The top diplomats of South Korea and Japan were set to hold bilateral talks on the sidelines of an international meeting in Paris on Thursday amid rising tensions over Tokyo's wartime forced labor, Seoul's foreign ministry said.
Foreign Minister Kang Kyung-wha will meet her Japanese counterpart, Taro Kono, on the margins of the Ministerial Council Meeting of the Organization for Economic Cooperation and Development in the French capital.
Bilateral ties have chilled in recent months as Japan has challenged South Korean Supreme Court rulings last year that ordered Japanese firms to compensate South Korean victims of forced labor during its 1910-45 colonization of the peninsula.
The top court has recognized victims' rights to claim damages, but Tokyo maintains that all reparation issues stemming from its colonial rule were settled under a 1965 government-to-government accord that normalized bilateral relations.
Tensions flared anew on Monday as Japan requested the formation of an arbitration panel involving a third-country member to address the forced labor issue based on dispute settlement procedures enshrined in the normalization accord.
In January, Tokyo called for bilateral diplomatic talks over the issue also based on the accord. But Seoul has remained unresponsive, refusing to weigh in on civil litigation involving private citizens and Japanese firms.
The accord stipulates that the two sides are to settle any dispute related to the accord primarily through diplomatic channels. If they fail to settle it, the case can then be referred to an arbitration panel involving a third-country member agreed on by the two sides.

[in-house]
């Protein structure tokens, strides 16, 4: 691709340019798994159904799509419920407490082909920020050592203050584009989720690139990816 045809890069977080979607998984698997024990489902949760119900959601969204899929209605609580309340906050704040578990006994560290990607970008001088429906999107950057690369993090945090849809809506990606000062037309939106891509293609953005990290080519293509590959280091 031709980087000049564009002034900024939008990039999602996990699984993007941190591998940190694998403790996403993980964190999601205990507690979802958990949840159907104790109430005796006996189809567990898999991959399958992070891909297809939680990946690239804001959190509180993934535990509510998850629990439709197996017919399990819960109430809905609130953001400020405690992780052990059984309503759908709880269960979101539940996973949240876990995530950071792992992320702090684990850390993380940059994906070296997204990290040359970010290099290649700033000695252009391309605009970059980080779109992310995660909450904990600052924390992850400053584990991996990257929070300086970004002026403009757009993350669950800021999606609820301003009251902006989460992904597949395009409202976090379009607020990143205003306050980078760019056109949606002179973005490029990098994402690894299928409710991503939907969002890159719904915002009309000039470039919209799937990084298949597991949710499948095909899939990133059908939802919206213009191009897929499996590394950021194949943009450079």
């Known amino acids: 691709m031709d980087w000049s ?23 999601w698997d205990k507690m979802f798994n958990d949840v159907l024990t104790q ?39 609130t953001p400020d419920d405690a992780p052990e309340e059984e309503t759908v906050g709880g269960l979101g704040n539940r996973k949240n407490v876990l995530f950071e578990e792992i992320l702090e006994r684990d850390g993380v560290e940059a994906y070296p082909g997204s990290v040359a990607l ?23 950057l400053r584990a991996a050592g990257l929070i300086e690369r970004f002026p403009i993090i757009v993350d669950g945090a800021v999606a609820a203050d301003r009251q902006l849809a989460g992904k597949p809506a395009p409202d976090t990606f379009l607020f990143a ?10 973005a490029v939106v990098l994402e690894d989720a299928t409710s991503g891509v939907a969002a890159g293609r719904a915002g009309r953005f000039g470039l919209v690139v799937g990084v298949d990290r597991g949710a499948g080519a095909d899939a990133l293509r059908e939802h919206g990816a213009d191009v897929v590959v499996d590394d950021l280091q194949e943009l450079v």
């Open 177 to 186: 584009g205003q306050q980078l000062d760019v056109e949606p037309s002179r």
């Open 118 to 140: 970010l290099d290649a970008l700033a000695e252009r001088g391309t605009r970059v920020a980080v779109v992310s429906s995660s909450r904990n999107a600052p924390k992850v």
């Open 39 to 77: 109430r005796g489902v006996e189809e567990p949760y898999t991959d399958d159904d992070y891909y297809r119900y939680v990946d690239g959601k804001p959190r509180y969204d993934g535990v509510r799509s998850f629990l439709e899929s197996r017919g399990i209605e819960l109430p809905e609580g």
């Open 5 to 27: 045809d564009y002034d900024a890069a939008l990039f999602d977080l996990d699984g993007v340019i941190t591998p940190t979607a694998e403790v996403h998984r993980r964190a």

Should the arbitration panel fail to hammer out a solution, Japan could bring the case to the International Court of Justice.
Analysts said that Japan appears to be seeking to shape international opinion in its favor by taking such covert diplomatic actions that highlight that it has been taking due steps to tackle the long-simmering issue.
Some also argue that Japan's move underscores its growing angst about the court rulings here that could undermine its post-war settlements with other countries affected by its past imperialism.
Seoul has so far been taking a cautious approach, saying that it honors judicial decisions and that it cannot step in with legal disputes between private citizens and foreign firms still in progress.
Japanese firms have failed to comply with the compensation orders, prompting the victims to take legal steps to seize or liquidate their assets based in South Korea.
On Thursday, a South Korean newspaper reported that an official from the presidential office Cheong Wa Dae contacted a legal representative of the victims last week, triggering speculation that the Seoul government is moving to find a solution that would help avoid further aggravating diplomatic tensions.
Some experts here proposed creating a foundation for the victims with the funds, including those from Japanese firms in question as well as South Korean enterprises that benefited from the normalization accord.
Seoul's foreign ministry, meanwhile, said that there would be "no problem at all" if Japanese firms comply with the court's orders, in reference to Kono's recent call for South Korean President Moon Jae-in to "responsibly" address the forced labor issue.
"The government has been dealing with the issue under the basic principle of respecting the court rulings and in consideration of the need to heal the scars of the victims and establish a future-oriented partnership with Japan," ministry spokesman Kim In-chul told a regular press briefing.
The forced labor issue aside, Kang and Kono could discuss the possibility of a summit between President Moon Jae-in and Japanese Prime Minister Shinzo Abe on the sidelines of the Group of 20 summit slated to take place in Osaka, Japan, on June 28-29.
Kono could also appeal for Seoul to lift or ease its import restrictions on Japanese seafood imposed in the wake of the 2011 Fukushima nuclear meltdown.
Kang and Kono last held bilateral talks on the sidelines of a security forum in Germany in February. (Yonhap)